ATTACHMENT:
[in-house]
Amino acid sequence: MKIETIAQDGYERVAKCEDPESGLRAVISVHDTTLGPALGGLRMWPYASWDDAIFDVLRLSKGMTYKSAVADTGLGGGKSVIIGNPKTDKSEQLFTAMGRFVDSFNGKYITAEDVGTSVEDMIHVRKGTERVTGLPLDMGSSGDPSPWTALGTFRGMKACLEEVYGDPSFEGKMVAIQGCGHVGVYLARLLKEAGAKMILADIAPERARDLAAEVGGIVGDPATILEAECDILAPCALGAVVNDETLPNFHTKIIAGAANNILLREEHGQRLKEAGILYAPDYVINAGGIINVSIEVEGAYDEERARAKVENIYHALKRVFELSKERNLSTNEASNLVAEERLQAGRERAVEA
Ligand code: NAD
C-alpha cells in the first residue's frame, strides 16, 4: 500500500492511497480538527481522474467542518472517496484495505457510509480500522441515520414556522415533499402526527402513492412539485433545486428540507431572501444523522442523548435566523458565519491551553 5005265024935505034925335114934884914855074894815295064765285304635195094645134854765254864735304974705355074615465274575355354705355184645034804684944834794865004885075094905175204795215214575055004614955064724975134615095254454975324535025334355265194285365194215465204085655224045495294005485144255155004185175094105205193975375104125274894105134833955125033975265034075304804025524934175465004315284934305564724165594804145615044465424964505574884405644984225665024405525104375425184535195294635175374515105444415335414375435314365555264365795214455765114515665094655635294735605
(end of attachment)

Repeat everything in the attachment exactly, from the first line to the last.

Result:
[in-house]
Amino acid sequence: MKIETIAQDGYERVAKCEDPESGLRAVISVHDTTLGPALGGLRMWPYASWDDAIFDVLRLSKGMTYKSAVADTGLGGGKSVIIGNPKTDKSEQLFTAMGRFVDSFNGKYITAEDVGTSVEDMIHVRKGTERVTGLPLDMGSSGDPSPWTALGTFRGMKACLEEVYGDPSFEGKMVAIQGCGHVGVYLARLLKEAGAKMILADIAPERARDLAAEVGGIVGDPATILEAECDILAPCALGAVVNDETLPNFHTKIIAGAANNILLREEHGQRLKEAGILYAPDYVINAGGIINVSIEVEGAYDEERARAKVENIYHALKRVFELSKERNLSTNEASNLVAEERLQAGRERAVEA
Ligand code: NAD
C-alpha cells in the first residue's frame, strides 16, 4: 500500500492511497480538527481522474467542518472517496484495505457510509480500522441515520414556522415533499402526527402513492412539485433545486428540507431572501444523522442523548435566523458565519491551553 5005265024935505034925335114934884914855074894815295064765285304635195094645134854765254864735304974705355074615465274575355354705355184645034804684944834794865004885075094905175204795215214575055004614955064724975134615095254454975324535025334355265194285365194215465204085655224045495294005485144255155004185175094105205193975375104125274894105134833955125033975265034075304804025524934175465004315284934305564724165594804145615044465424964505574884405644984225665024405525104375425184535195294635175374515105444415335414375435314365555264365795214455765114515665094655635294735605